Teaching Vocabulary: Using Research Findings to Inform Teaching

In this post, I’d like to report on some fascinating research I had the pleasure of seeing presented at the recent MEXTESOL conference in Puebla, Mexico.  What particularly interested me was the connection to the topic of meaningful learning that I have been talking about on this blog as well as the direct application of the research to the teaching of vocabulary both for classroom teachers, teacher trainers and materials writers.  I don’t know about you, but I love research that we can use in the classroom.

The first piece of research (Barcroft, 1998) compares the amount of times the learner is exposed to a new word (the ‘repetitions’ of a picture with the word written on it) with the amount of time s/he is exposed to it each time.  The learners were then tested by being exposed to the picture only and the learner had to write the target word.  The researchers discovered that what was more important for learning the words was the amount of times the learner encountered the word rather than the length of time s/he was exposed to it.  What’s the lesson for us as teachers? Expose learners to target words as many times as possible, because being exposed to words several times (in relatively short succession – Barcroft found the best results with eight repetitions of the word for three seconds each) helps memory.  In terms of classroom activity, this makes me think of vocabulary learning games involving pictures and words.  Interestingly, too, research (eg Barcroft and Sommers, 2005) has shown that learners retain vocabulary better when the voices that present the vocabulary are varied as well – a great recommendation for getting different learners in the class to say the words and to manipulate the pictures.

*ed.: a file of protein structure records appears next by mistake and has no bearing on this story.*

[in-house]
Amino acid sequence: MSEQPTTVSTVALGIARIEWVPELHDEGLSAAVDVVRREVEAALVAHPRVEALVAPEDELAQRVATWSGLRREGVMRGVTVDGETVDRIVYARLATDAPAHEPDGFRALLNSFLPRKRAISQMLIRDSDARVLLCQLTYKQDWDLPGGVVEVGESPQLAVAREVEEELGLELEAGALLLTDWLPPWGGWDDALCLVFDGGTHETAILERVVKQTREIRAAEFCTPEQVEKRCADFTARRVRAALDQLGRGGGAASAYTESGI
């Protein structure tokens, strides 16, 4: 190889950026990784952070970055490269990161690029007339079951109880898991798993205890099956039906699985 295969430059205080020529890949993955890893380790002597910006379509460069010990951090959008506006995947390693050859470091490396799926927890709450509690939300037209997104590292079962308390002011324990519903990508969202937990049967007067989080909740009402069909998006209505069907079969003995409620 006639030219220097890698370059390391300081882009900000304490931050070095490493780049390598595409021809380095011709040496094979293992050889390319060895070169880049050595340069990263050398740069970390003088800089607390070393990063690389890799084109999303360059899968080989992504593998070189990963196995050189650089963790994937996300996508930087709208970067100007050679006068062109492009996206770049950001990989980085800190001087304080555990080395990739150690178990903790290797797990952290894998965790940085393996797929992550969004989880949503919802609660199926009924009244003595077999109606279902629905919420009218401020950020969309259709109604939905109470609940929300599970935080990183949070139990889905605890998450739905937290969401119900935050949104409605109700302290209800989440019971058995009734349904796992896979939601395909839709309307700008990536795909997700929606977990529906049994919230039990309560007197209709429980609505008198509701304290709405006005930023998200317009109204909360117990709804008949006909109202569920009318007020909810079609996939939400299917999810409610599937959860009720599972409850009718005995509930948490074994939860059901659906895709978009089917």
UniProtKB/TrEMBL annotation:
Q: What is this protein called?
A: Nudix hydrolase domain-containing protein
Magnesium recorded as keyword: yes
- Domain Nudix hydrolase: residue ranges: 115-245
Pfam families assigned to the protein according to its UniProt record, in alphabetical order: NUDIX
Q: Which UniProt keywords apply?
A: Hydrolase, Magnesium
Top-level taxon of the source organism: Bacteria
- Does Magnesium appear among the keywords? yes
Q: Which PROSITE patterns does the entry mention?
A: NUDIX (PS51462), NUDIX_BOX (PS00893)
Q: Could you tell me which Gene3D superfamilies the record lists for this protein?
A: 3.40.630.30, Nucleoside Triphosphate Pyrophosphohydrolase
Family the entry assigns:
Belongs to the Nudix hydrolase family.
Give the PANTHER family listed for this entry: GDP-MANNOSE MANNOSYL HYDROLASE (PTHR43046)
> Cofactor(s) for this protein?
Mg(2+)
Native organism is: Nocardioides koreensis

In another piece of research discussed by Barcroft, learners were presented first with words and pictures, but the second time they saw half of the pictures without the words and were given time to try to retrieve the word themselves before they saw the word.  When tested later it was found that the learners remembered better the words that they had had the chance to attempt to retrieve themselves (as opposed to the words that had been presented at the same time as the pictures).

So, what does this research mean for us as language teachers?

Firstly, the idea of recycling of vocabulary – once is not enough for learners to see vocabulary, the more they see it the better.  Secondly, giving learners time to retrieve previously presented items rather than telling them the answer immediately.  In teaching terms, eliciting or perhaps asking learners to write down the answers or even asking learners to put up their hand when they know the word, so that all learners need to think and try to retrieve it rather than just allowing the same learner to call out the answer all the time.

I hope you find this as interesting as I did – why don’t we use more research-based findings to make decisions about how we teach?

Happy Halloween! 🙂


Barcroft, J (1998)

Barcroft, J and Sommers (2005)  Positive effects of tallker and speaking-style variability on L2 Spanish vocabulary learning

Barcroft, J (2007)

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Carol Lethaby

Carol Lethaby is a teacher, teacher educator and materials writer based in San Francisco, California, who has been in the field of language teaching since 1986. She is part-time Assistant Professor on the New School, New York online MA TESOL as well as being an honoured instructor at UC Berkeley Extension where she teaches on the TESL/TEFL Certificate program. She has also worked on several textbook series for learners of English, including Awesome, Next Step, The Big Picture and English ID, all published by Richmond ELT. Carol is a frequent presenter at international conferences.

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